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The landmark Voting Rights Act of 1965 was signed into law fifty years ago on August 6. The bill was designed to enforce the voting rights guaranteed by the 14th and 15th Amendments to the U.S. Constitution, amendments that had been successfully evaded or violent suppressed for almost a century in the American South.

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Passage of the Act was paved by the sacrifices of Civil Rights marchers, most immediately in Selma, Alabama during the events of March, 1965. This Duke Law Journal article explained the Act a year after its passage and today serves as an introduction to it and its times.

The Voting Rights Act has been amended five times to expand its initial protections. The counter-attack against it, beginning with the 19 Southern senators who voted against it originally, continues in voter ID laws and other efforts to suppress voting today.

Historian and Martin Luther King, Jr., biographer David J. Garrow helps put the VRA into historical perspective in the Georgia Historical Quarterly. The period between 1890-1910 “witnessed the all-but-total exclusion of African-Americans from meaningful electoral participation across the South” following the defeat of the biracial experiment of Reconstruction.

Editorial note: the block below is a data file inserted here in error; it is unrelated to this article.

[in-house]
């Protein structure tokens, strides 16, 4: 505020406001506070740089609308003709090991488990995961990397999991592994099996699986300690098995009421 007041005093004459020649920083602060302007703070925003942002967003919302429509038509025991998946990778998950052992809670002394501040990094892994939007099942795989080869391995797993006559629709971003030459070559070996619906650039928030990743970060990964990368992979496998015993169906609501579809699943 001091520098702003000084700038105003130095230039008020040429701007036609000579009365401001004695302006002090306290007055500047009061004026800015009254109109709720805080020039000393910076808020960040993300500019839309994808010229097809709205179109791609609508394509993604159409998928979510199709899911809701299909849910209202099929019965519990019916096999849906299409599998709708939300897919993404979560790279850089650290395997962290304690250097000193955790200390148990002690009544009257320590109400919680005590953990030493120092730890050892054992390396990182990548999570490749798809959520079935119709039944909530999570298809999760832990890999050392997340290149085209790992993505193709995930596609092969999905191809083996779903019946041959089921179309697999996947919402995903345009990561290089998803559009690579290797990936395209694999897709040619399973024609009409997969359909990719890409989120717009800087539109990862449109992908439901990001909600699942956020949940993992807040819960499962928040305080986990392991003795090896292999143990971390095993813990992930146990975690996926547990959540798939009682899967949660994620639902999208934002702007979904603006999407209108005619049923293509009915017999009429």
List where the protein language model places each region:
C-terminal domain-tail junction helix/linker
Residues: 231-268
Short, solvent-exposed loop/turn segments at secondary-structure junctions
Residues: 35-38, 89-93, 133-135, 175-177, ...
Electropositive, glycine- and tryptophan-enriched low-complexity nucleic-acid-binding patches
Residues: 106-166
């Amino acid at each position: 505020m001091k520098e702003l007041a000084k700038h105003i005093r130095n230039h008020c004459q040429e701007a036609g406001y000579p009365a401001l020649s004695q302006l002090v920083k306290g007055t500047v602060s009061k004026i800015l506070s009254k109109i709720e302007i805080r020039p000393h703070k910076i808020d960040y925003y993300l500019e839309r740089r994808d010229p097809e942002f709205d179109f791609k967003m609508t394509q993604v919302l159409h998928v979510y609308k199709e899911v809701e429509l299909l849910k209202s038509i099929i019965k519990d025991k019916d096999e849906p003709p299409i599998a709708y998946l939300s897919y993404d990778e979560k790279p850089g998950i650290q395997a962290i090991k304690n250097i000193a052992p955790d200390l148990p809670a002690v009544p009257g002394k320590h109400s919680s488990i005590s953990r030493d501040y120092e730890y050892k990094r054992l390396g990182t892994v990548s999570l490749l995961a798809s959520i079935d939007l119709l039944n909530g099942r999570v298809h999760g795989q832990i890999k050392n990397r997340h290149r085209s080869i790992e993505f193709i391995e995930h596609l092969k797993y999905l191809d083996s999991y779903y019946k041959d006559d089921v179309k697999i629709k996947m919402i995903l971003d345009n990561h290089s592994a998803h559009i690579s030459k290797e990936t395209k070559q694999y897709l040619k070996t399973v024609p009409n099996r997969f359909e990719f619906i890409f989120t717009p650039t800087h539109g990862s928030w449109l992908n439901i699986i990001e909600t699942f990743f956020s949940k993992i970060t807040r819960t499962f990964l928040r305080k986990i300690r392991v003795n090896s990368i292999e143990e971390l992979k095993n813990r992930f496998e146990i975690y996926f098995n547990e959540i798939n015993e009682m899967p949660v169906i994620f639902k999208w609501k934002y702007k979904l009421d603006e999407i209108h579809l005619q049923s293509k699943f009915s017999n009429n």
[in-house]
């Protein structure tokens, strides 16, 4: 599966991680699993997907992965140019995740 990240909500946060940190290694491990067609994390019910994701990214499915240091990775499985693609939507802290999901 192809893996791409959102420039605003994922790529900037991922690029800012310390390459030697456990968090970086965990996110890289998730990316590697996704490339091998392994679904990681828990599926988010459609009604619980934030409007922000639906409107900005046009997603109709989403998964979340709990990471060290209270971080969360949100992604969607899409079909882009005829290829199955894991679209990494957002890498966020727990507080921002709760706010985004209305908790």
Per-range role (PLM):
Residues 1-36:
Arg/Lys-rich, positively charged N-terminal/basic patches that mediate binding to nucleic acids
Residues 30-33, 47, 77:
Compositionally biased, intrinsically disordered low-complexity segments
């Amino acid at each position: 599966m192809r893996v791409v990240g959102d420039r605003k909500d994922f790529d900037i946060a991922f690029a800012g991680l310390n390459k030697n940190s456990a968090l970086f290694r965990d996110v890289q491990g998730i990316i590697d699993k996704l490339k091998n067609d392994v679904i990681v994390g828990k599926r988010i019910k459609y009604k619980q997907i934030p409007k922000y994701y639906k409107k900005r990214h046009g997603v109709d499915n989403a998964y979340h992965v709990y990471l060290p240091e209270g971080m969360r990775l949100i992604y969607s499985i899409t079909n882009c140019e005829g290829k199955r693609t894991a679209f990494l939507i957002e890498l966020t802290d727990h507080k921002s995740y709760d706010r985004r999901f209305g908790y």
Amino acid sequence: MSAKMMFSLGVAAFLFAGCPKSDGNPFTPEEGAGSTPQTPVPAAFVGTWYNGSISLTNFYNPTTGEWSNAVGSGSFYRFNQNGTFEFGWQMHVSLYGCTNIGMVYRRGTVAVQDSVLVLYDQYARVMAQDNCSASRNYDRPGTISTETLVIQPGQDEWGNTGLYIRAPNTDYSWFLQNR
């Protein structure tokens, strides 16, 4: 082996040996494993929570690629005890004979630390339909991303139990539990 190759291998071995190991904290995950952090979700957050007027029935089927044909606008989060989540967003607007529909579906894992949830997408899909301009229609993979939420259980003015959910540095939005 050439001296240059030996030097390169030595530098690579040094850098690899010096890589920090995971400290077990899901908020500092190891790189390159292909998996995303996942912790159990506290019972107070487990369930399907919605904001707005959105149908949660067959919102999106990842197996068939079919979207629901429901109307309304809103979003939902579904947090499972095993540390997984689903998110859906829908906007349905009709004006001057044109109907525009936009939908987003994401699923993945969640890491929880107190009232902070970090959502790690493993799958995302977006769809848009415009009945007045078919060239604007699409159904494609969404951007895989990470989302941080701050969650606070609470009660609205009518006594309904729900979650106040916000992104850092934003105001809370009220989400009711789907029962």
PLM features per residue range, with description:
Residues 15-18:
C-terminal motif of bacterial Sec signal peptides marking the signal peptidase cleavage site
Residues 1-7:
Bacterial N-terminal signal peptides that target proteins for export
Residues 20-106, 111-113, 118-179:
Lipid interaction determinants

Southern whites also limited or prohibited entirely African-Americans from registering to vote in the first place. By 1965, what this meant in a place like Selma, whose population was roughly evenly divided between whites and blacks, was that 99% of those registered to vote were white. The 1% of those registered who were African American had had to put up with humiliations, threats, and beatings simply to register. Jim Crow was perpetuated and enforced in two ways: the actual de jure rules and regulations and the de facto terrorism perpetuated by both officers of the law and freelance thugs, who sometimes turned out to be lawmen. Arson and murder in defense of the system showed it for what it was.

Following four decades of cases brought under the Act, this 2008 Columbia Law Review article argues that it has “radically altered the political status of minority voters and dramatically transformed the partisan structure of American politics.” There shouldn’t be any debate about that: it has transformed the landscape of the nation.

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Duke Law Journal, Vol. 1966, No. 2 (Spring, 1966), pp. 463-483
Duke University School of Law
The Georgia Historical Quarterly, Vol. 74, No. 3 (FALL 1990), pp. 377-398
Georgia Historical Society
Columbia Law Review, Vol. 108, No. 1 (Jan., 2008), pp. 1-54
Columbia Law Review Association, Inc.